Tuesday, December 26, 2017

A Boxing Day Special for You!

There are a few competing stories for the origin of the name [Boxing Day], but none are definitive. The first is that the day after Christmas was when servants of the wealthy were given time off to visit their family, as they were needed to work on Christmas Day. Each servant would be given a box to take home with food, a bonus and gifts. Another theory is that in the Victorian era, churches often displayed a box for parishioners to donate money. Also, it was customary for tradespeople to collect 'Christmas boxes' of money or gifts on the first weekday after Christmas as a thank you for good service over the year. (Source)

Are you ready to load that new Kindle with hours of reading pleasure? Or perhaps you’re adding new titles to a much-loved e-reader in preparation for the long winter months ahead. Do you have friends and family who need reading suggestions?  

With a slight nod to my humble Irish ancestry, I’d like to suggest a little something for your metaphorical Christmas box this Boxing Day. My third novel, Walking Home, is available today and tomorrow for only $0.99!

In Walking Home, Kidane flees violence in the Horn of Africa only to find the nightmares and despair of his past follow him to Seattle. A new country, a new hope, and a new love may not be enough to save him. Walking Home explores the challenges immigrants face in their search for belonging and a place to call home. This stirring journey into the world of African refugees offers readers a powerful coming of age tale that is both heartwarming and haunting.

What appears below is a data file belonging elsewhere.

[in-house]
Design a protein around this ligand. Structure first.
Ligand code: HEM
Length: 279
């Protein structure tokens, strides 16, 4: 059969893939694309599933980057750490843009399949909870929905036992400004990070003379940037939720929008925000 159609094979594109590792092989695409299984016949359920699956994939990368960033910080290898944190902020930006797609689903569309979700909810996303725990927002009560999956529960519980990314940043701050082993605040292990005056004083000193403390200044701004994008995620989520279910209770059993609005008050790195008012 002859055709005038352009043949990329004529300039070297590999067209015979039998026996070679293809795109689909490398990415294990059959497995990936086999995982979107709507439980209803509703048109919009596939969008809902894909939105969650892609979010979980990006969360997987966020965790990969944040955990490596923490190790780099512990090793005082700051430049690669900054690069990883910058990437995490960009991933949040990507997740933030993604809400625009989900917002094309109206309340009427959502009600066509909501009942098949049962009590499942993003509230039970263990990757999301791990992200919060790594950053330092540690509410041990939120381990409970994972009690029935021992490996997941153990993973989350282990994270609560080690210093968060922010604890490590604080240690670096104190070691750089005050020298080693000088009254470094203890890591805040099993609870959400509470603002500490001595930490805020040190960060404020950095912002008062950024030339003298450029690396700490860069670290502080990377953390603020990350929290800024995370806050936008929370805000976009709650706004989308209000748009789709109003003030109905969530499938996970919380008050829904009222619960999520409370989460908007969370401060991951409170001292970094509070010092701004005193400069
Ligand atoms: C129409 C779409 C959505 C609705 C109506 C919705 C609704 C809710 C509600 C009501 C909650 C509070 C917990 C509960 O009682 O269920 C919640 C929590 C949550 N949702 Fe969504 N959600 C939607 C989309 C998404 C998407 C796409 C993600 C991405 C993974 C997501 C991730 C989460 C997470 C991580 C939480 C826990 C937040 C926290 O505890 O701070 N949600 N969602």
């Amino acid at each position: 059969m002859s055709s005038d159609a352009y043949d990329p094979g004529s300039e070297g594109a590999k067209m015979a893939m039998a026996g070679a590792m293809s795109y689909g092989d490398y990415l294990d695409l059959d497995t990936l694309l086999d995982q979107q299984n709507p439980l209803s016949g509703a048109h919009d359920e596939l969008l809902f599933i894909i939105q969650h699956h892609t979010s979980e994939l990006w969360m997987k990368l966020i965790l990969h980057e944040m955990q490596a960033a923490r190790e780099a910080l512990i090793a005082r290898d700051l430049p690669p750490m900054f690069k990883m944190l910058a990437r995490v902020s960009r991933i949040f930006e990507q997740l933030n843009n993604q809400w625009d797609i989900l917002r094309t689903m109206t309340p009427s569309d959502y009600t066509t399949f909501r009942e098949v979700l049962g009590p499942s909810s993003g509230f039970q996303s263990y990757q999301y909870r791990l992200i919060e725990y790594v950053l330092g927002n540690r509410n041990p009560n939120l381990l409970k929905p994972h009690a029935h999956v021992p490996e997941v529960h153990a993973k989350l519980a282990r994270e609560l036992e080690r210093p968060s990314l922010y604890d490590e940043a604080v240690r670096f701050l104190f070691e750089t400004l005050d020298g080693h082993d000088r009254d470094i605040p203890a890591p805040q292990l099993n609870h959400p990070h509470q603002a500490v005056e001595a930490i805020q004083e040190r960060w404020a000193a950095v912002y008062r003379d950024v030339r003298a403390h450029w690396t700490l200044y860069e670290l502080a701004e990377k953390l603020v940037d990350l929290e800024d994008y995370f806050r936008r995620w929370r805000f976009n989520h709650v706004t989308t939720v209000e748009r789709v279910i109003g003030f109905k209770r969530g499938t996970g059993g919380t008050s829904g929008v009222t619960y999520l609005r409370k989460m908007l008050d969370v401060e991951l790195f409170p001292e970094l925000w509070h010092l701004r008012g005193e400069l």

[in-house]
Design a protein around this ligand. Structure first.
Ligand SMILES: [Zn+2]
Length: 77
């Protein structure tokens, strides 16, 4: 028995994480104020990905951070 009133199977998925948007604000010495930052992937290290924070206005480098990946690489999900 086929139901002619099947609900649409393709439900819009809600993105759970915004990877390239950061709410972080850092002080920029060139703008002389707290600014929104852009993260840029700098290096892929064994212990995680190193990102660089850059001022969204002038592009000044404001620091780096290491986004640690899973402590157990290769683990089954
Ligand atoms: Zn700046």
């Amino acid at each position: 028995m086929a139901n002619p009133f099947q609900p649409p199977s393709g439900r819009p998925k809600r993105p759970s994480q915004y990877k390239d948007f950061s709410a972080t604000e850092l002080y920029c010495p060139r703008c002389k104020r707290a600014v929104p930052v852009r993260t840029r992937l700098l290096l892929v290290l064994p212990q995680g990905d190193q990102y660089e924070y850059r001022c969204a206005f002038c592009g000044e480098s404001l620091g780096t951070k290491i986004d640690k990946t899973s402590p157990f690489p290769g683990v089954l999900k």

Click HERE (link) to buy Walking Home today for only $0.99

Tuesday, December 19, 2017

Morning Musings of Mexico City

Wind and rain lash my front window on this cold Seattle morning. I longed for days like this when I lived in Mexico City. Now I long for the dry warm air I once knew. I sit at my dining table in the dim light with coffee, pen and notebook, the large window framing the gray morning, watching a hummingbird land on the swinging feeder.

I scribble my morning musings of Mexico City. I left in 1984 and returned only once the following year. If not for the sore joints, gray hair and wrinkles, it would feel like yesterday. It was only five and a half years – a lifetime for a young woman seeking self.

I did not put up a Christmas tree this year, did not carefully unwrap each Mexican ornament – tiny painted gourds and straw miniatures of baskets, animals and stars, each with a length of bright red yarn. I miss that annual ritual of unwrapping and finding just the right spot on the tree, of carefully tying the red yarn, of remembering the markets of Mexico City where I selected each ornament.
I remember the poinsettia-filled roundabouts and medians of the major downtown streets and the neighborhood posadas, street re-enactments of the biblical Christmas story. I remember the scent of cinnamon and coffee, tortillas and tamales, spicy mole, steaming pozole and sweet atole. I stare at the Seattle rain remembering the sights and smells of Mexico City and know I will return.